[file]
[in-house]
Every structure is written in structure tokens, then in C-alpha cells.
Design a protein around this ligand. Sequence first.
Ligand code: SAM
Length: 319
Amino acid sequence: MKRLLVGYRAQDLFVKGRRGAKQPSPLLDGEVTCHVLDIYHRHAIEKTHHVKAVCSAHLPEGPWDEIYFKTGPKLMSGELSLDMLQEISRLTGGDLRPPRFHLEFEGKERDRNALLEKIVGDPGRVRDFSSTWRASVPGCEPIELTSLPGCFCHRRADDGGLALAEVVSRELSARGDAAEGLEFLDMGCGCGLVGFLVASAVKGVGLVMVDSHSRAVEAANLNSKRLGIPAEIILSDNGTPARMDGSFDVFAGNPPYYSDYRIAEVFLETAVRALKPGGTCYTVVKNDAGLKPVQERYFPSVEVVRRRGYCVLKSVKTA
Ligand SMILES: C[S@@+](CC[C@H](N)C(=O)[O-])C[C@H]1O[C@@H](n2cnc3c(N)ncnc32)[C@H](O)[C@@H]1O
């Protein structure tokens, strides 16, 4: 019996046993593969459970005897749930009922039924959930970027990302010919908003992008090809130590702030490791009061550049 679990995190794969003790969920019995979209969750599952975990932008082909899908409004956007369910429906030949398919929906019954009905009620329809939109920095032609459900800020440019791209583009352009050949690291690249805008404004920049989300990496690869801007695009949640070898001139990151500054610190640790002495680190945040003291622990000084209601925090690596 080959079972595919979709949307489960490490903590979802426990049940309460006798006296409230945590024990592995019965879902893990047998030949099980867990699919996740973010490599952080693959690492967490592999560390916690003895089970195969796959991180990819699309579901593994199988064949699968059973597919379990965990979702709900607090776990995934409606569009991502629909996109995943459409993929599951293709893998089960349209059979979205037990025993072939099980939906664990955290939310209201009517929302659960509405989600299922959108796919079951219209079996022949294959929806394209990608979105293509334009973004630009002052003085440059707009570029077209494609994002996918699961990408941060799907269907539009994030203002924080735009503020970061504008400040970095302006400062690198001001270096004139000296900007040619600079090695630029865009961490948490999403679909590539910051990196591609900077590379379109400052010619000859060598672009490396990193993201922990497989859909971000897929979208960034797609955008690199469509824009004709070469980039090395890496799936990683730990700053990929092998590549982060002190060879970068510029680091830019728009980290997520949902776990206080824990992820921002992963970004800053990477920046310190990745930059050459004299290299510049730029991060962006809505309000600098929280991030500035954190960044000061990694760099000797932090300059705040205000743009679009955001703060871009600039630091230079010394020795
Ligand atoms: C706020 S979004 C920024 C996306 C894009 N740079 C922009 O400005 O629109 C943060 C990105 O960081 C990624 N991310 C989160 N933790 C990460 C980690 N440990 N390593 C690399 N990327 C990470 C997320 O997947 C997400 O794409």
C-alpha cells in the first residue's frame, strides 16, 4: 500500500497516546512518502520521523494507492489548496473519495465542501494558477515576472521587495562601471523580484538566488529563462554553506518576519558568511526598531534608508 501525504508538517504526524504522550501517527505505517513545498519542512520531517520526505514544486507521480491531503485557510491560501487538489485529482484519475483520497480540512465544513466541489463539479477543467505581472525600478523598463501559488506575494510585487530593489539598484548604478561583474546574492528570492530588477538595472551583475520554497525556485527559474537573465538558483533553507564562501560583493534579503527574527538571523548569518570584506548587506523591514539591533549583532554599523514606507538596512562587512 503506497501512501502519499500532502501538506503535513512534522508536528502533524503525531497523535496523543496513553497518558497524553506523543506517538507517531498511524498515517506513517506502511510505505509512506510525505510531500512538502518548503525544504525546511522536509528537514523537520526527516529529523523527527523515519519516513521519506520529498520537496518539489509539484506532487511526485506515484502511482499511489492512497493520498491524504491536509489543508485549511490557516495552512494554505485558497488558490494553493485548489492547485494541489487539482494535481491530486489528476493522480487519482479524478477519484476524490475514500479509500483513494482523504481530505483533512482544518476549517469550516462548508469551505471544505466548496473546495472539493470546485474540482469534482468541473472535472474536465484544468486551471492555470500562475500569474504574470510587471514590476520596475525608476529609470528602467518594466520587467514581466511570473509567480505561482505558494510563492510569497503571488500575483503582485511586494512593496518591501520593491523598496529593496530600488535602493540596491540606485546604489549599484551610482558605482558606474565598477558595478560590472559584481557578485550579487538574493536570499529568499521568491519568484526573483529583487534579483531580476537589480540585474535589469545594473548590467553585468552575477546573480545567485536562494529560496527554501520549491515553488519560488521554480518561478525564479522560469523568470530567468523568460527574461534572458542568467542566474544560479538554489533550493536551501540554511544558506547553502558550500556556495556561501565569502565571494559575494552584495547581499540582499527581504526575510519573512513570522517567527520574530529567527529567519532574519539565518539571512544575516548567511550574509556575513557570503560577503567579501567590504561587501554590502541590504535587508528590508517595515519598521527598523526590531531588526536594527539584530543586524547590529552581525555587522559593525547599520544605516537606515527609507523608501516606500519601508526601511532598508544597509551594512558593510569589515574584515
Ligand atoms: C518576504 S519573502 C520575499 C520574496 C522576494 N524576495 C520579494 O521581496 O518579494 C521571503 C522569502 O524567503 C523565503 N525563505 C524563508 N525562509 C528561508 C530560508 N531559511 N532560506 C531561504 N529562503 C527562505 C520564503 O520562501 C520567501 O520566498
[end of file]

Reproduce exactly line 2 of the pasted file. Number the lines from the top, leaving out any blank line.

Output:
Every structure is written in structure tokens, then in C-alpha cells.